19 Dec 2011 @ 8:00 PM 

Background info.

As you know (and if you don’t, just say you do), when you quit a terminal, all the processes that have been started receive a signal type 1, SIGHUP, for SIGnal HangUP.

Usually, the processes that receive this signal, if they are not designed to trap it, will simply exit. This is why, at school, your teacher told you to start the background scripts with nohup, to protect the process.This is a well-known procedure and everybody uses it.

Your code should look like this :

nohup ./myGreatScript.sh >>./logs/mygreatlog 2>&1 &

The issue.

The issue we had was that some of the scripts and processes (Java and C)  we started on one of the new servers were crashing after we quit the session. The first reflex of the support guy was to start the scripts with nohup, which is correct but not very convenient.

The problem, you see, is that I have been using theses scripts for, like 10 years, without experiencing this behavior once. I assumed the main script contained this nohup command, and that, for some reason, someone did remove it… It was not the case, the nohup has never been into this script.

How did it work ?

This was a legitimate question… The script worked for ten years on different machines, but on this one, without using nohup.

I went then through the whole script, line by line, to try to understand what was happening. My first idea was that the processes were started using tee, which can be done to protect it.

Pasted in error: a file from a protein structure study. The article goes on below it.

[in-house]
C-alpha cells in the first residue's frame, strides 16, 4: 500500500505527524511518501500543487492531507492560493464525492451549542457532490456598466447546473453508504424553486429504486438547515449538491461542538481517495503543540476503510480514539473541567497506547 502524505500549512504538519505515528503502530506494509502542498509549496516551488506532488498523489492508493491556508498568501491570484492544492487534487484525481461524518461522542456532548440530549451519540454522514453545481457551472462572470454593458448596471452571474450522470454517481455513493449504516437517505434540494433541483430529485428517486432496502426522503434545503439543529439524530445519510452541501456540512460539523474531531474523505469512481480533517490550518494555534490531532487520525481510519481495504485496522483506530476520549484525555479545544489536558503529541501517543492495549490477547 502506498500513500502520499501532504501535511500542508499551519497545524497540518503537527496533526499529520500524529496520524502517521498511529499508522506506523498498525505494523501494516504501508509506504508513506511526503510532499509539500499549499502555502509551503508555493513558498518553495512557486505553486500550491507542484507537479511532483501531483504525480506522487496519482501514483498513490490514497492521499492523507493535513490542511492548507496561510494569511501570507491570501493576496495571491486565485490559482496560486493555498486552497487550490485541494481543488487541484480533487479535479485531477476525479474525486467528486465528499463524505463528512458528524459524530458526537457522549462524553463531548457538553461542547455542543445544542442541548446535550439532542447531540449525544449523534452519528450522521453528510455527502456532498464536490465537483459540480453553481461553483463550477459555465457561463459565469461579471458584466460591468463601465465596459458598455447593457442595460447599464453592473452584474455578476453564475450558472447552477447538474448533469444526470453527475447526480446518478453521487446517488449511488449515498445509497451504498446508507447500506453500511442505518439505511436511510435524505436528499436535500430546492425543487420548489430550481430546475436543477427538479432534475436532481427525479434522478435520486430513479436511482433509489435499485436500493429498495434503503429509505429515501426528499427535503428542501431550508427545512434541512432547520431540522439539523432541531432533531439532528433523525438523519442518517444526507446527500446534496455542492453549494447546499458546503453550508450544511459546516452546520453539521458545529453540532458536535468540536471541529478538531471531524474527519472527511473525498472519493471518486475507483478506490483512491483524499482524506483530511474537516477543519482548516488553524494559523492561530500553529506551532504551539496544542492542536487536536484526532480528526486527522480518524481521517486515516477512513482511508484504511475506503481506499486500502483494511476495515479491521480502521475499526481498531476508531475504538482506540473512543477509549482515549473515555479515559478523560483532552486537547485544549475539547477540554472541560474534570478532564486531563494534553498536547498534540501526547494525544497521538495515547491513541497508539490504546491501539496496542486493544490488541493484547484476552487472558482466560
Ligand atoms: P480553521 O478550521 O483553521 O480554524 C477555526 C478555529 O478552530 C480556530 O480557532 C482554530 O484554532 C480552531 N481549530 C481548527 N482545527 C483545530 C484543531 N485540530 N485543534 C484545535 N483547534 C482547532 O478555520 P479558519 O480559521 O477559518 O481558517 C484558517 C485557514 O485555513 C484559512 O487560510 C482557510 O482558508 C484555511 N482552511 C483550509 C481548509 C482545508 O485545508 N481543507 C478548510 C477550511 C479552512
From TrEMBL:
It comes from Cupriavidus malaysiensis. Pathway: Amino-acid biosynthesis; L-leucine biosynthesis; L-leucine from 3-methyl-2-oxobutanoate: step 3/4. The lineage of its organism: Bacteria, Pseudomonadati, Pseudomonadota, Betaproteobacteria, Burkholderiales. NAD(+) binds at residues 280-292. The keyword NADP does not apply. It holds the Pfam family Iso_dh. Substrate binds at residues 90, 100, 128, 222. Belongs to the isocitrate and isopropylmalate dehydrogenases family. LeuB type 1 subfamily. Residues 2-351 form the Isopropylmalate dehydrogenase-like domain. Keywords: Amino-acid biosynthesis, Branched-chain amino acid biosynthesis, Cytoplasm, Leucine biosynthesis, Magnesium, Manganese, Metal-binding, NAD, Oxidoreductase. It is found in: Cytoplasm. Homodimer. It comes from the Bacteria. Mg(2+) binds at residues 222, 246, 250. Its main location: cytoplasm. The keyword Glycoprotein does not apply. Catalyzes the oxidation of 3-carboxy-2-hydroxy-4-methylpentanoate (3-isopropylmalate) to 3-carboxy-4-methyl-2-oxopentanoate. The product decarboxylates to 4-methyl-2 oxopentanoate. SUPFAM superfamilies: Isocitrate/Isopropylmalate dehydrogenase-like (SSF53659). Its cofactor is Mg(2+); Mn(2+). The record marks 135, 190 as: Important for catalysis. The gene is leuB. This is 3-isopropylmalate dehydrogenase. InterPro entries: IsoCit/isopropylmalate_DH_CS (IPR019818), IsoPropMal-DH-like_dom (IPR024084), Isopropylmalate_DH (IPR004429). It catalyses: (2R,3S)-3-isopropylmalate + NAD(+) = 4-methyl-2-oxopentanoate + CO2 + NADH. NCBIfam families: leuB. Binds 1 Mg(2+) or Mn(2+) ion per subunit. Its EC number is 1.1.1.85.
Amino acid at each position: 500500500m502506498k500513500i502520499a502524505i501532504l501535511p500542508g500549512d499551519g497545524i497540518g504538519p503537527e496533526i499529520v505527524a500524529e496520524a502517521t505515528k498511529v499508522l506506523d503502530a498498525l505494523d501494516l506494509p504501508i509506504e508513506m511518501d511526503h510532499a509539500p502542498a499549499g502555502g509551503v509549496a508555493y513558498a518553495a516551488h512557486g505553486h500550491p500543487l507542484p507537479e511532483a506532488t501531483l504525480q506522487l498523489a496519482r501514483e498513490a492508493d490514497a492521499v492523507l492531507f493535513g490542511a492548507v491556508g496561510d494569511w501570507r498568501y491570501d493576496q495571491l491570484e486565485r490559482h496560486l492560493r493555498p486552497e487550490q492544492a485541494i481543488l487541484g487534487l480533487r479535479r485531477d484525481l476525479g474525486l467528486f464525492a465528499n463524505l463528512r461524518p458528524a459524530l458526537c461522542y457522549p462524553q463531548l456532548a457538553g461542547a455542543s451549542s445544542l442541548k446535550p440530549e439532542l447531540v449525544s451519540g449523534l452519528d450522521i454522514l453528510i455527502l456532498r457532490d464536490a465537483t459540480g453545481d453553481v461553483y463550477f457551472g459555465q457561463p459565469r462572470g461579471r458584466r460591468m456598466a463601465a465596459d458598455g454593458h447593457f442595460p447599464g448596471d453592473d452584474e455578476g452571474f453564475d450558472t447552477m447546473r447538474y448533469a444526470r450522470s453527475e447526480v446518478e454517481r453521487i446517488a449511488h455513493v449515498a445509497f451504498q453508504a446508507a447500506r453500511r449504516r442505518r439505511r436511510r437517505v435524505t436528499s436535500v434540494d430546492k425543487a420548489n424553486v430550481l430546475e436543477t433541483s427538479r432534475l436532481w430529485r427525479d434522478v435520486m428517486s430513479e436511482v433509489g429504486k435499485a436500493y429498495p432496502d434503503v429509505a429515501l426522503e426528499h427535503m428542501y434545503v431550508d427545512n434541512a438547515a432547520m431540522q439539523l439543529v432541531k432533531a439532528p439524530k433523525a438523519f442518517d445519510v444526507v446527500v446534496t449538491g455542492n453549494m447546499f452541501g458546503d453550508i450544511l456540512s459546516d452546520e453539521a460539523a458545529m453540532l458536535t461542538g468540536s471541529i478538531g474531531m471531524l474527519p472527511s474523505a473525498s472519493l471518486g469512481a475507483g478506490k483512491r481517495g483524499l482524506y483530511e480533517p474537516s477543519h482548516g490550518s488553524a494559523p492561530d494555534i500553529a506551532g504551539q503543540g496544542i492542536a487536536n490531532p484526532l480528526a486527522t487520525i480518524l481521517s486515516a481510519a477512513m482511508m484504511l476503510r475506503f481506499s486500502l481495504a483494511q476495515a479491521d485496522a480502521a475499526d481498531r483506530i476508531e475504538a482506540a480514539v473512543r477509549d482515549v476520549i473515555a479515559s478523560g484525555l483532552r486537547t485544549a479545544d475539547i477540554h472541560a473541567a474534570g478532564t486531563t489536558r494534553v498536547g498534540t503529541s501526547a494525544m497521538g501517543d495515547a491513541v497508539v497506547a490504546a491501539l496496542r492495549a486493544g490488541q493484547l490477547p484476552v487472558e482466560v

Tee can be used to protect a service from a SIGINT process (using -i option), but not a SIGHUP

The solution ?

In fact, the issue was nowhere near the script, but lied in the default shell used by the user on each machine.

On all the machine where it worked, it was either ksh or bash. On the one where it crashed (all the machine were Solaris), it was sh.

Both ksh and bash seem to react differently on the exit of a session, ksh and bash do not send a signup signal to all the child processes unless the huponexit shell option is set. To check the option status, at least in bash, you can use the following command :

shopt

and look for the line that says huponexit. To change the value, you can use the -u or -s options.

The solution here was to change the default shell from /bin/sh to /usr/bin/bash.

Please note that the shell options are not passed on to the child processes for some reason. I tried to get an explanation on this, but could’t. If anyone has an idea, please make yourself heard !

 

Thank you.

Posted By: Dimi
Last Edit: 19 Dec 2011 @ 10:53 PM

EmailPermalinkComments (0)
Tags
Tags: , , , , , ,
Categories: Bash, Signals

 Last 50 Posts
Change Theme...
  • Users » 66
  • Posts/Pages » 25
  • Comments » 4
Change Theme...
  • VoidVoid « Default
  • LifeLife
  • EarthEarth
  • WindWind
  • WaterWater
  • FireFire
  • LightLight